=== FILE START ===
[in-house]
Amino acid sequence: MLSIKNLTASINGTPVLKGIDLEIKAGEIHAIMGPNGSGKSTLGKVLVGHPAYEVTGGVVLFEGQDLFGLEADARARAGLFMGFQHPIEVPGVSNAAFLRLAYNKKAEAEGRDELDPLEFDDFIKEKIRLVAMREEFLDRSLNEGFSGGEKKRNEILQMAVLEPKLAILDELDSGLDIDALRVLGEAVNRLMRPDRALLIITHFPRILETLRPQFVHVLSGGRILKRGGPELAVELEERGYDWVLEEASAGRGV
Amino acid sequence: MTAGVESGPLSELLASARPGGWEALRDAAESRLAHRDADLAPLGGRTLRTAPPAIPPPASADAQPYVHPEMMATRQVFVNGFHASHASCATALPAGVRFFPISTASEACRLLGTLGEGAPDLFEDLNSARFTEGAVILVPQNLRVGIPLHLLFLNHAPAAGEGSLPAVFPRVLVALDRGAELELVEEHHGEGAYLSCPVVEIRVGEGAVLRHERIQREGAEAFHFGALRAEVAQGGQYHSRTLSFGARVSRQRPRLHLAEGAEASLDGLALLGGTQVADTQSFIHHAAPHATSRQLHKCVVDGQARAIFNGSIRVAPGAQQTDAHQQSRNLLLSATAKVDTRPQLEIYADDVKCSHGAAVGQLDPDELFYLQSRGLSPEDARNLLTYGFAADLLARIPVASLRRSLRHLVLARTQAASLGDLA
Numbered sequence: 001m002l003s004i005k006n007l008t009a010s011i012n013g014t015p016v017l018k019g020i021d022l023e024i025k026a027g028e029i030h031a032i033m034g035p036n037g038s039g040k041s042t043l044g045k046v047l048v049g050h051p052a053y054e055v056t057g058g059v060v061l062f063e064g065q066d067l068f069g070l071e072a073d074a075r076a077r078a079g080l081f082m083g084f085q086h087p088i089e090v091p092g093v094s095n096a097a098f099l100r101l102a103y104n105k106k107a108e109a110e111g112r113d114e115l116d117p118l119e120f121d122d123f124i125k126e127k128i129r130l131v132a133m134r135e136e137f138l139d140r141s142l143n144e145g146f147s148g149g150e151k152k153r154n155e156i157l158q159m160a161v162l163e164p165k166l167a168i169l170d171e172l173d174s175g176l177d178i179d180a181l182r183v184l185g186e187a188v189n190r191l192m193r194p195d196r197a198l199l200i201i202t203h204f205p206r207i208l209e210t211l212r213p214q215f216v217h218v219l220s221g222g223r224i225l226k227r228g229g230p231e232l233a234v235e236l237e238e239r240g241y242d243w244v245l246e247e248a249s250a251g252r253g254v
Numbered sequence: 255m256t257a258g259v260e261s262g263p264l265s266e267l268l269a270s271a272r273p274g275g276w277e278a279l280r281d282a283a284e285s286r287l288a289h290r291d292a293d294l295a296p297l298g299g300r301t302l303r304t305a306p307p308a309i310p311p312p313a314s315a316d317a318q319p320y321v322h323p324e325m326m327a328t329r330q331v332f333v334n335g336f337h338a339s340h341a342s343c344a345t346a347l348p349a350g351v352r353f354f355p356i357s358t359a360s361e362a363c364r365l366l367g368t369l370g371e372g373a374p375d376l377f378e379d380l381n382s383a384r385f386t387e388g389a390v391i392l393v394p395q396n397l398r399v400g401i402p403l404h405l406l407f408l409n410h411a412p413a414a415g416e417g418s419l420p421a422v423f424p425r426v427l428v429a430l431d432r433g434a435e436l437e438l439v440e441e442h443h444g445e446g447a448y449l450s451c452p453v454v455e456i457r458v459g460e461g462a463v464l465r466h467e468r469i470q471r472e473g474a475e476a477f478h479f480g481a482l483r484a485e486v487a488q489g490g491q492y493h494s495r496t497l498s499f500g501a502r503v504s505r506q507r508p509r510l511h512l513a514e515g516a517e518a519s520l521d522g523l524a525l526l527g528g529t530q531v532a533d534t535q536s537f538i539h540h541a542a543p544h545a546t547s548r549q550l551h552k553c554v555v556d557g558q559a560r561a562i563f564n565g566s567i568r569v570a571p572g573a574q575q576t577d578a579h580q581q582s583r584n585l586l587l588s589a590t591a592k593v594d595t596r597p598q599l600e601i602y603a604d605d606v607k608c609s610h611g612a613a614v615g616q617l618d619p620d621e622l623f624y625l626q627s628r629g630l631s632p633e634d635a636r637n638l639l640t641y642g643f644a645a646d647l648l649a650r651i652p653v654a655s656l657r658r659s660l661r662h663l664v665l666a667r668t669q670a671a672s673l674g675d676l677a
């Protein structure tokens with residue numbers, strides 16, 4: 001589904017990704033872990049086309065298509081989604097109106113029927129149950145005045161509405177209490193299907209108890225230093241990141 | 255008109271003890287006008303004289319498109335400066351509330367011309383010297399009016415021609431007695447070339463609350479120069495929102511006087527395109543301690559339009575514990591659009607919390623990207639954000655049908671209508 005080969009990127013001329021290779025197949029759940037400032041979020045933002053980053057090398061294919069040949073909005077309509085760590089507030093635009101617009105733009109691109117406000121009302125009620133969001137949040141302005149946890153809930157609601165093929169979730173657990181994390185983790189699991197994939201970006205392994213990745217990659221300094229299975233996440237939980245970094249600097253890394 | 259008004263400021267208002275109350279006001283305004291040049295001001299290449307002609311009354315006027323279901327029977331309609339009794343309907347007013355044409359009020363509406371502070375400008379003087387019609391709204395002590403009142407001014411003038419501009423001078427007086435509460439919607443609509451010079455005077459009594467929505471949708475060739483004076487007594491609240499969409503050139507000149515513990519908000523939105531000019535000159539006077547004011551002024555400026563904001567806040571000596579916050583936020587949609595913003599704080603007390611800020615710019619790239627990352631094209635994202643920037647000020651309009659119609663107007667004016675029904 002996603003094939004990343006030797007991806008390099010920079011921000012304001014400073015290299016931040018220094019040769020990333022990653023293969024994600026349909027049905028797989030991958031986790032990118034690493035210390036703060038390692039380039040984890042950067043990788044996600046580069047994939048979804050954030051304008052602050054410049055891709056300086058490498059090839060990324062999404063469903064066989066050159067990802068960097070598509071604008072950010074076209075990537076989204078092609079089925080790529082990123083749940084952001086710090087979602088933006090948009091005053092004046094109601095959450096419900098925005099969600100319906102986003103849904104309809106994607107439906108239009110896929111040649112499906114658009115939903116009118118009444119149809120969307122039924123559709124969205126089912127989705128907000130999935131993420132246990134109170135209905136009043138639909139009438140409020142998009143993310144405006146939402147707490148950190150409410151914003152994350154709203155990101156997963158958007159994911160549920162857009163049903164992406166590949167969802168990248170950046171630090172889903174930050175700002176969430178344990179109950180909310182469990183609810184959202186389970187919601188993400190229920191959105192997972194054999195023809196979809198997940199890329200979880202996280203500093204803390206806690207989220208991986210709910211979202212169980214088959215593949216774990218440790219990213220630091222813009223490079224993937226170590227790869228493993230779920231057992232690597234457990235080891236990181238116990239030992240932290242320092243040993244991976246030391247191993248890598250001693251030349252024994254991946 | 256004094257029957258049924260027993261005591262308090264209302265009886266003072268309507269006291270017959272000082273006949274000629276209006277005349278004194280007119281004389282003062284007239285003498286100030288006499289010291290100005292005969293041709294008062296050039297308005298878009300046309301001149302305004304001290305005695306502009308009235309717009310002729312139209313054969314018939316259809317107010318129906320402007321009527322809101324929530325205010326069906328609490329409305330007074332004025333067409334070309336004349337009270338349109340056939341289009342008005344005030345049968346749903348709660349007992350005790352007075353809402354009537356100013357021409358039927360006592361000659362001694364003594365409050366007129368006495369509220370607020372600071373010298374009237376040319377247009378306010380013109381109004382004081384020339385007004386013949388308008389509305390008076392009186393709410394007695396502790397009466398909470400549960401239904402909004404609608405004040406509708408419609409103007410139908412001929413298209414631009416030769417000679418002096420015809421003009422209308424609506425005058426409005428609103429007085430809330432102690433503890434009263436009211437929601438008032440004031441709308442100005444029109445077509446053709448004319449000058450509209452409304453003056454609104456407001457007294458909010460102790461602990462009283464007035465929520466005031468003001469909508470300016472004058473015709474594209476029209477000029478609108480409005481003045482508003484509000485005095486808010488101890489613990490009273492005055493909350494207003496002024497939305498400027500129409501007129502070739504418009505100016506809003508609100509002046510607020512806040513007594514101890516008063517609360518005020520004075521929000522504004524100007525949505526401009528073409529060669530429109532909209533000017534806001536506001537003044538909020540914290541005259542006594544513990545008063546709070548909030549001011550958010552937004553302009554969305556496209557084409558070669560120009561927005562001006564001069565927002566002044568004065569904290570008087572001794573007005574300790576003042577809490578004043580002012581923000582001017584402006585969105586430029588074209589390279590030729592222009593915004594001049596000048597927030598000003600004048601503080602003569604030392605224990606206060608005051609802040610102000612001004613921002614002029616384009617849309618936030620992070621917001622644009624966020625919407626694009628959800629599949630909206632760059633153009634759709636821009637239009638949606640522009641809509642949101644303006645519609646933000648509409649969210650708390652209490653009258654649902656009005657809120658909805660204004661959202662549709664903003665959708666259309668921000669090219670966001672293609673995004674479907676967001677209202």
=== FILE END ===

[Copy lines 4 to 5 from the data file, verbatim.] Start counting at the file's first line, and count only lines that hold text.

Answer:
Numbered sequence: 001m002l003s004i005k006n007l008t009a010s011i012n013g014t015p016v017l018k019g020i021d022l023e024i025k026a027g028e029i030h031a032i033m034g035p036n037g038s039g040k041s042t043l044g045k046v047l048v049g050h051p052a053y054e055v056t057g058g059v060v061l062f063e064g065q066d067l068f069g070l071e072a073d074a075r076a077r078a079g080l081f082m083g084f085q086h087p088i089e090v091p092g093v094s095n096a097a098f099l100r101l102a103y104n105k106k107a108e109a110e111g112r113d114e115l116d117p118l119e120f121d122d123f124i125k126e127k128i129r130l131v132a133m134r135e136e137f138l139d140r141s142l143n144e145g146f147s148g149g150e151k152k153r154n155e156i157l158q159m160a161v162l163e164p165k166l167a168i169l170d171e172l173d174s175g176l177d178i179d180a181l182r183v184l185g186e187a188v189n190r191l192m193r194p195d196r197a198l199l200i201i202t203h204f205p206r207i208l209e210t211l212r213p214q215f216v217h218v219l220s221g222g223r224i225l226k227r228g229g230p231e232l233a234v235e236l237e238e239r240g241y242d243w244v245l246e247e248a249s250a251g252r253g254v
Numbered sequence: 255m256t257a258g259v260e261s262g263p264l265s266e267l268l269a270s271a272r273p274g275g276w277e278a279l280r281d282a283a284e285s286r287l288a289h290r291d292a293d294l295a296p297l298g299g300r301t302l303r304t305a306p307p308a309i310p311p312p313a314s315a316d317a318q319p320y321v322h323p324e325m326m327a328t329r330q331v332f333v334n335g336f337h338a339s340h341a342s343c344a345t346a347l348p349a350g351v352r353f354f355p356i357s358t359a360s361e362a363c364r365l366l367g368t369l370g371e372g373a374p375d376l377f378e379d380l381n382s383a384r385f386t387e388g389a390v391i392l393v394p395q396n397l398r399v400g401i402p403l404h405l406l407f408l409n410h411a412p413a414a415g416e417g418s419l420p421a422v423f424p425r426v427l428v429a430l431d432r433g434a435e436l437e438l439v440e441e442h443h444g445e446g447a448y449l450s451c452p453v454v455e456i457r458v459g460e461g462a463v464l465r466h467e468r469i470q471r472e473g474a475e476a477f478h479f480g481a482l483r484a485e486v487a488q489g490g491q492y493h494s495r496t497l498s499f500g501a502r503v504s505r506q507r508p509r510l511h512l513a514e515g516a517e518a519s520l521d522g523l524a525l526l527g528g529t530q531v532a533d534t535q536s537f538i539h540h541a542a543p544h545a546t547s548r549q550l551h552k553c554v555v556d557g558q559a560r561a562i563f564n565g566s567i568r569v570a571p572g573a574q575q576t577d578a579h580q581q582s583r584n585l586l587l588s589a590t591a592k593v594d595t596r597p598q599l600e601i602y603a604d605d606v607k608c609s610h611g612a613a614v615g616q617l618d619p620d621e622l623f624y625l626q627s628r629g630l631s632p633e634d635a636r637n638l639l640t641y642g643f644a645a646d647l648l649a650r651i652p653v654a655s656l657r658r659s660l661r662h663l664v665l666a667r668t669q670a671a672s673l674g675d676l677a